The Impact of Changes in Medicaid Eligibility Thresholds on Duration of Health Insurance Coverage and Access to Health Care

Monday, June 11, 2018: 10:20 AM
Azalea - Garden Level (Emory Conference Center Hotel)

Author(s): Heather M. Dahlen; Sharon K. Long; Michel H. Boudreaux

Discussant: Marguerite Burns

Introduction

The primary goal of the Affordable Care Act (ACA) is to provide more Americans access to affordable, quality health insurance. The Medicaid expansion is one component of the ACA designed to improve access to the health care system for individuals with low incomes. Beginning in 2014, states had the option to expand Medicaid eligibility to individuals with incomes up to 138% of the federal poverty level (FPL), regardless of parental status. By the end of 2016, Medicaid insured 72.7 million individuals, an increase of nearly 11 million since 2014. Unlike many private insurance plans, when an individual enrolls in Medicaid they are not automatically eligible for coverage for the next 12 months, and may lose eligibility and coverage due to events like failing to submit verification paperwork, finding a job that offers coverage, or increases in income.

The expansion of Medicaid income eligibility thresholds provides additional protection against such losses of eligibility which, in theory, should improve how many months of the year the individual is insured. The analysis will address two research questions: 1. Does expanded Medicaid eligibility lead to greater continuity of insurance coverage? 2. Does greater continuity of coverage lead to better access to care?

Data and Methods

To answer these questions, we take advantage of the differences across the states in Medicaid income eligibility thresholds and decisions on implementing the ACA’s Medicaid expansion. With data from the National Health Interview Survey (NHIS), we use state-level Medicaid thresholds as instruments for coverage duration to produce causal impacts of the effect of coverage duration on health care access, utilization, and affordability measures, including: usual source of care; emergency department use; foregone medical care due to cost; delayed care due to cost; medical bills and debt; and visits to a medical provider. Because the analysis requires state-level information and imputed continuous income, we requested and received the restricted NHIS file which contains this information and are conducting the analysis in the Minnesota Census Research Data Center (RDC) at the University of Minnesota.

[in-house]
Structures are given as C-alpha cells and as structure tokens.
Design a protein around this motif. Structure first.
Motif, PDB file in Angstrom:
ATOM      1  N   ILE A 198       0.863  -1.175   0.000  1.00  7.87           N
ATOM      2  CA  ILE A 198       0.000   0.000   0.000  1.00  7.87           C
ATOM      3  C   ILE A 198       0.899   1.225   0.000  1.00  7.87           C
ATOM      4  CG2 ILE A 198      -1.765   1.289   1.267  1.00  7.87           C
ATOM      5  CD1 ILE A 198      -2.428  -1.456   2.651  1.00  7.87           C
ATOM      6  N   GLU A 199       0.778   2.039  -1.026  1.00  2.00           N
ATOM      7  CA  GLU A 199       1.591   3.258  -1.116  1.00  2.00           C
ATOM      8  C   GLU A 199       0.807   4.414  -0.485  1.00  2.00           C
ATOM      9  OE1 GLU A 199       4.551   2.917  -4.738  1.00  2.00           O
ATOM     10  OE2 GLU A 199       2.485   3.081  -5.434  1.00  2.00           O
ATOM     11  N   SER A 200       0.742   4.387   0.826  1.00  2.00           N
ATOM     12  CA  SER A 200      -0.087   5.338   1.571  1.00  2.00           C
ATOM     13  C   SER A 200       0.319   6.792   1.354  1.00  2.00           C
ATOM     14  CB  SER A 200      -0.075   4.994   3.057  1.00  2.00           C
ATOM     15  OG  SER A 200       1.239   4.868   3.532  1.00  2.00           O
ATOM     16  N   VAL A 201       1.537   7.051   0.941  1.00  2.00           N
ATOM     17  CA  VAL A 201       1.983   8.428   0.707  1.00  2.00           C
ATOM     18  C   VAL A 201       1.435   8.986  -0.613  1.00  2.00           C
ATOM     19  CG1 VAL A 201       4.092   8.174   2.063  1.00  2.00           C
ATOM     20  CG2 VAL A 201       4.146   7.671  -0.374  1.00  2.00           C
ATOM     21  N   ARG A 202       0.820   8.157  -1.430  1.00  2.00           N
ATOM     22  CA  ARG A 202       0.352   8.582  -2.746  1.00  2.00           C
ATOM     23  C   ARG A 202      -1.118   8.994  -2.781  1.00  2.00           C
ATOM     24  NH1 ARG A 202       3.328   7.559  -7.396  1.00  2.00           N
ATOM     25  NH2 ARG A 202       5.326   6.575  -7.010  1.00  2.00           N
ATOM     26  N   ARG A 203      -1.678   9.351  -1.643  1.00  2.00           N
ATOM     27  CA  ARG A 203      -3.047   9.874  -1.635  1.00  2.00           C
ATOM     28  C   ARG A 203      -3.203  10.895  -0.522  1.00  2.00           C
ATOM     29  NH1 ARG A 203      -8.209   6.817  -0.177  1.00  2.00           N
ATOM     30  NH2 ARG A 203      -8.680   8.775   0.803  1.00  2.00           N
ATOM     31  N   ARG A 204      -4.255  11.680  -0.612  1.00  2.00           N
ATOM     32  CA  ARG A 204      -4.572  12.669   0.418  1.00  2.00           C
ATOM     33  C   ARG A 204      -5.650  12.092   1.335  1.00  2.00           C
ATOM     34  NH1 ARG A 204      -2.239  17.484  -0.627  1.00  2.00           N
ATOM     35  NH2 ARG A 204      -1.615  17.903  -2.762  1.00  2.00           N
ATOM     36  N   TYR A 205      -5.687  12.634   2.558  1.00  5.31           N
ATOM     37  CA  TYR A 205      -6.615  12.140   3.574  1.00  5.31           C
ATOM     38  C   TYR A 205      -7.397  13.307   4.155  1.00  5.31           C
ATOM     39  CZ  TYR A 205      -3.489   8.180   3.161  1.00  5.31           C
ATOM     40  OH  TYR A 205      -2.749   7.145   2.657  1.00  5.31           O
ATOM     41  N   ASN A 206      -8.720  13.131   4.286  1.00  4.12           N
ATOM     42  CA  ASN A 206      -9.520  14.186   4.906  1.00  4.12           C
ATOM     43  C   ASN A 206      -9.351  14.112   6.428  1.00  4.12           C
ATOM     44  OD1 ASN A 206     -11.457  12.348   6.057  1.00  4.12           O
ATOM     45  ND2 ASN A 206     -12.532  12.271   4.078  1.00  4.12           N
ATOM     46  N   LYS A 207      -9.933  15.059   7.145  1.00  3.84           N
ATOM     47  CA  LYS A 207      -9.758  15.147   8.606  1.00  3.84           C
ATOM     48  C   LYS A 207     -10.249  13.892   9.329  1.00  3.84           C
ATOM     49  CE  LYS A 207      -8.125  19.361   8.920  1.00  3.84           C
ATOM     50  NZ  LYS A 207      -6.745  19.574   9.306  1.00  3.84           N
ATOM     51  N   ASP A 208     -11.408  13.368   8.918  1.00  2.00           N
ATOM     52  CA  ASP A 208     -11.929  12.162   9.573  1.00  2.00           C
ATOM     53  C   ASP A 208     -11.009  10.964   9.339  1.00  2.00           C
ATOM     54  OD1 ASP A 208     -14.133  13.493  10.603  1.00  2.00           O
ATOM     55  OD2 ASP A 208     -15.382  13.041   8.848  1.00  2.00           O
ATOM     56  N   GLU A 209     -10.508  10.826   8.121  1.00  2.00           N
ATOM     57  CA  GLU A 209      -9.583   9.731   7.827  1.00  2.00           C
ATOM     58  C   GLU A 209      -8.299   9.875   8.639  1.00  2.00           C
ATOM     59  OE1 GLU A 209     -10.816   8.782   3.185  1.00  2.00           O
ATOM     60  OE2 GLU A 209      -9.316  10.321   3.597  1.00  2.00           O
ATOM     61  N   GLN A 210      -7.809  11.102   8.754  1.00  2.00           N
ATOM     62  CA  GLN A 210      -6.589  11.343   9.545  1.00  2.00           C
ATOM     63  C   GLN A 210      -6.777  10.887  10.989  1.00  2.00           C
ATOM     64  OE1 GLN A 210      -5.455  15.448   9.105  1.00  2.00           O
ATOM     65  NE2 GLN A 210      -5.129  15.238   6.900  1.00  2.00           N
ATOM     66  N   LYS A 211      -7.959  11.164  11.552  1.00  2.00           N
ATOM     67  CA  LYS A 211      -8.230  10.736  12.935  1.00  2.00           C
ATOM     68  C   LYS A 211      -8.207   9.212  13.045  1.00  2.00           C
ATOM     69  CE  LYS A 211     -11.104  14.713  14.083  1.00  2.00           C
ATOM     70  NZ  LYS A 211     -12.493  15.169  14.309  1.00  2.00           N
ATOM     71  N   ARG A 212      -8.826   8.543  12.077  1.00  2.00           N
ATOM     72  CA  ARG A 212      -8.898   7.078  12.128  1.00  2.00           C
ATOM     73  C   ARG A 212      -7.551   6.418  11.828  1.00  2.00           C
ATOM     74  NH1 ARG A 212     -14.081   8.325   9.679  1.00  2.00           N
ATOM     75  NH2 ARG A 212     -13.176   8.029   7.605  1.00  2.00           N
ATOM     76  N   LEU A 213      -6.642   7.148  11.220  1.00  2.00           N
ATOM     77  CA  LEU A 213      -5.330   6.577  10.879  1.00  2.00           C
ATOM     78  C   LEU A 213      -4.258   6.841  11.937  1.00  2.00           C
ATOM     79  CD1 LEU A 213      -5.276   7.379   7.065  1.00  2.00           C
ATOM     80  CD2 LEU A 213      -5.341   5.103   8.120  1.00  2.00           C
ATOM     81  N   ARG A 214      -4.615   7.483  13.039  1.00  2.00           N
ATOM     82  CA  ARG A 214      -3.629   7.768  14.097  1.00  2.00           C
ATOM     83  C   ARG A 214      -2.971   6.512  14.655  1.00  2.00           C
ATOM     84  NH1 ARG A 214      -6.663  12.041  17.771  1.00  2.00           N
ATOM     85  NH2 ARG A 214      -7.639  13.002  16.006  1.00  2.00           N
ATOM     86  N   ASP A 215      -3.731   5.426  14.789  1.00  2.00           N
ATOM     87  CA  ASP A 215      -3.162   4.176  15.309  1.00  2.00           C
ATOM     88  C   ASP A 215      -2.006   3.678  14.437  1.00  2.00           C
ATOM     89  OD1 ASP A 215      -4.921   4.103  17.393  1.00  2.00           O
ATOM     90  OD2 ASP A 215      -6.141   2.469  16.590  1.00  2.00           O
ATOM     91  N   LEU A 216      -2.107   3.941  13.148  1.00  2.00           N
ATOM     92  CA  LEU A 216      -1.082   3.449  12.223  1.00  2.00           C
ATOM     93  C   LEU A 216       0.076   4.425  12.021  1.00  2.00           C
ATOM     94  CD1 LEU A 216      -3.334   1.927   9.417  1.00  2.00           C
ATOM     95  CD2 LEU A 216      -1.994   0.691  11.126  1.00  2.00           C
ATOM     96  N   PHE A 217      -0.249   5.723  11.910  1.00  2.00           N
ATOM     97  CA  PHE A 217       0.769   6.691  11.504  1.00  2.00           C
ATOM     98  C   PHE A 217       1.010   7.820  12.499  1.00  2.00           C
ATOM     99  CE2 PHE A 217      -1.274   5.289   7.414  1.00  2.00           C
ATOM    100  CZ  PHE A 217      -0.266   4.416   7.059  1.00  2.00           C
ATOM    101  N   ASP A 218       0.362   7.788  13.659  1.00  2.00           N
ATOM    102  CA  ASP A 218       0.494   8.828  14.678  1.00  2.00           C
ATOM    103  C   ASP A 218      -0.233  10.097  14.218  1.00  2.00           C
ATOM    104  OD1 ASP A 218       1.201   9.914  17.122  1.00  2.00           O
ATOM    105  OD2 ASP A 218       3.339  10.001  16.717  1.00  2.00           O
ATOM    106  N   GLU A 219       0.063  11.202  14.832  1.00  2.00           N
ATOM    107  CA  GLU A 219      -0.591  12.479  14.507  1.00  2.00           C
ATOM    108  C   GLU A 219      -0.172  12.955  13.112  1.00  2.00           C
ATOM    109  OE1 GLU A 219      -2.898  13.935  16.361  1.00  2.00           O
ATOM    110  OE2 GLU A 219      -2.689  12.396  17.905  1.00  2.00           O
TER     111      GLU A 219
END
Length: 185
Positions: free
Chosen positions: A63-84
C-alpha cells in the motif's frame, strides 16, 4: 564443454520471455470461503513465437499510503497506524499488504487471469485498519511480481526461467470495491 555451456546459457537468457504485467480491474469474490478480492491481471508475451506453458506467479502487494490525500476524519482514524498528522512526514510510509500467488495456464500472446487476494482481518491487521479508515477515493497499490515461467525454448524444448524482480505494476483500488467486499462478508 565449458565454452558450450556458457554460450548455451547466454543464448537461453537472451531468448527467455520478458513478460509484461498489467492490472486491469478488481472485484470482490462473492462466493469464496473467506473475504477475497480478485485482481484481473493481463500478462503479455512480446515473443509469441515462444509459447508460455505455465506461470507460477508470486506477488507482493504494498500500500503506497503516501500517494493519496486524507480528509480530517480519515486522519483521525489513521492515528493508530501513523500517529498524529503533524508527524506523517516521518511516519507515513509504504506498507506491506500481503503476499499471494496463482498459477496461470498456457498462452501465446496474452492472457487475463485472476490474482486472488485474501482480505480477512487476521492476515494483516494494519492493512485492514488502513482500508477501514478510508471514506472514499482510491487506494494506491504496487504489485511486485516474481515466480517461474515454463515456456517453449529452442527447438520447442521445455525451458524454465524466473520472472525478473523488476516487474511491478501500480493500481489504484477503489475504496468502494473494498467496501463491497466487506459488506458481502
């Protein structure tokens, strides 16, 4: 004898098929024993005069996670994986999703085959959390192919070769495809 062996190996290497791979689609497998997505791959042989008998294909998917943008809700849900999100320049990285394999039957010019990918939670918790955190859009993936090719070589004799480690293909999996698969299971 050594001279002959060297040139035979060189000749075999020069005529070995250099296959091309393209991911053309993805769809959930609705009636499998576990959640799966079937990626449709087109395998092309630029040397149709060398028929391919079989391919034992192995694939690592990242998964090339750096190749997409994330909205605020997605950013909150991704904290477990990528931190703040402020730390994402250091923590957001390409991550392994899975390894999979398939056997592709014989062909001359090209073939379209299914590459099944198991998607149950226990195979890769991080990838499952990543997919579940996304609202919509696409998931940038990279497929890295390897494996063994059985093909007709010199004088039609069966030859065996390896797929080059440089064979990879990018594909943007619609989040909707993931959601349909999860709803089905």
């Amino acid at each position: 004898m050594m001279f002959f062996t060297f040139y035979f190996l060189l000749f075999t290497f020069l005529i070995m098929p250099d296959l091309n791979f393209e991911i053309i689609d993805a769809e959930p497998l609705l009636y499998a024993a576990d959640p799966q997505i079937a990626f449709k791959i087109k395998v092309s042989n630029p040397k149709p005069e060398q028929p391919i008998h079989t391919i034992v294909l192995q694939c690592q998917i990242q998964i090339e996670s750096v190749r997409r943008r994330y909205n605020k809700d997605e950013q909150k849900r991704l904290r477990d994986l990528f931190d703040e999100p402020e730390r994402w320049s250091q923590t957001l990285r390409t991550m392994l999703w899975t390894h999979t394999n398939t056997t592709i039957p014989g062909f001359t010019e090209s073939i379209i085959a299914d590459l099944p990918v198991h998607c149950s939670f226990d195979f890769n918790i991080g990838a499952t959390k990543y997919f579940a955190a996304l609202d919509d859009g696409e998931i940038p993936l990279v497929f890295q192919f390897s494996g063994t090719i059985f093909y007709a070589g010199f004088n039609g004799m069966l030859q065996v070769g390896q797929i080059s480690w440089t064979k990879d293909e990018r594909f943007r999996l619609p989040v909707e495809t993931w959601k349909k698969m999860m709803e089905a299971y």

Results

Preliminary findings using data through 2015 suggest expanded Medicaid eligibility improves coverage duration and access to care. The authors are currently producing estimates using 2016 data, which provides additional post-health reform information for their analytic target, the Medicaid expansion population.

Implications/Discussion

This analysis is particularly timely, given the extent to which Medicaid expansion states are increasingly considering modifications to their Medicaid programs under Section 1115 expansion waivers, including modifications that place new restrictions on eligibility.